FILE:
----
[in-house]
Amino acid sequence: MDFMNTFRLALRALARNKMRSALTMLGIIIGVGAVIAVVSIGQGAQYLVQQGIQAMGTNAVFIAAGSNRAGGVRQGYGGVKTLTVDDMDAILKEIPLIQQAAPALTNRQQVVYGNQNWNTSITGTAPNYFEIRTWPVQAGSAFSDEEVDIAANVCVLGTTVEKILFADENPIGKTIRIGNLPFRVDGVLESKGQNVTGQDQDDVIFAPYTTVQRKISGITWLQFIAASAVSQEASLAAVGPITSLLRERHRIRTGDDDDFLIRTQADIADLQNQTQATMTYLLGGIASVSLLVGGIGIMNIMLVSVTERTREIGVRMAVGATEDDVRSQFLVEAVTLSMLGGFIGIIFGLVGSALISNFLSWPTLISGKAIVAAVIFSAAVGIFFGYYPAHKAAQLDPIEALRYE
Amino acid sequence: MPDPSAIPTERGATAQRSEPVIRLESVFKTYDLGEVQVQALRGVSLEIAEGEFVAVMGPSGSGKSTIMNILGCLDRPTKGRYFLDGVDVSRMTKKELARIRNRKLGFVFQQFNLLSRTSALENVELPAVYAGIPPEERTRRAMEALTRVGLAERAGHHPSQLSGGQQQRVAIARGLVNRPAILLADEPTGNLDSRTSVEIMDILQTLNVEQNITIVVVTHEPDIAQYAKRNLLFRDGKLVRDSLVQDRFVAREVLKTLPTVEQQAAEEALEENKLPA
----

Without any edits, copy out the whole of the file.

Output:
[in-house]
Amino acid sequence: MDFMNTFRLALRALARNKMRSALTMLGIIIGVGAVIAVVSIGQGAQYLVQQGIQAMGTNAVFIAAGSNRAGGVRQGYGGVKTLTVDDMDAILKEIPLIQQAAPALTNRQQVVYGNQNWNTSITGTAPNYFEIRTWPVQAGSAFSDEEVDIAANVCVLGTTVEKILFADENPIGKTIRIGNLPFRVDGVLESKGQNVTGQDQDDVIFAPYTTVQRKISGITWLQFIAASAVSQEASLAAVGPITSLLRERHRIRTGDDDDFLIRTQADIADLQNQTQATMTYLLGGIASVSLLVGGIGIMNIMLVSVTERTREIGVRMAVGATEDDVRSQFLVEAVTLSMLGGFIGIIFGLVGSALISNFLSWPTLISGKAIVAAVIFSAAVGIFFGYYPAHKAAQLDPIEALRYE
Amino acid sequence: MPDPSAIPTERGATAQRSEPVIRLESVFKTYDLGEVQVQALRGVSLEIAEGEFVAVMGPSGSGKSTIMNILGCLDRPTKGRYFLDGVDVSRMTKKELARIRNRKLGFVFQQFNLLSRTSALENVELPAVYAGIPPEERTRRAMEALTRVGLAERAGHHPSQLSGGQQQRVAIARGLVNRPAILLADEPTGNLDSRTSVEIMDILQTLNVEQNITIVVVTHEPDIAQYAKRNLLFRDGKLVRDSLVQDRFVAREVLKTLPTVEQQAAEEALEENKLPA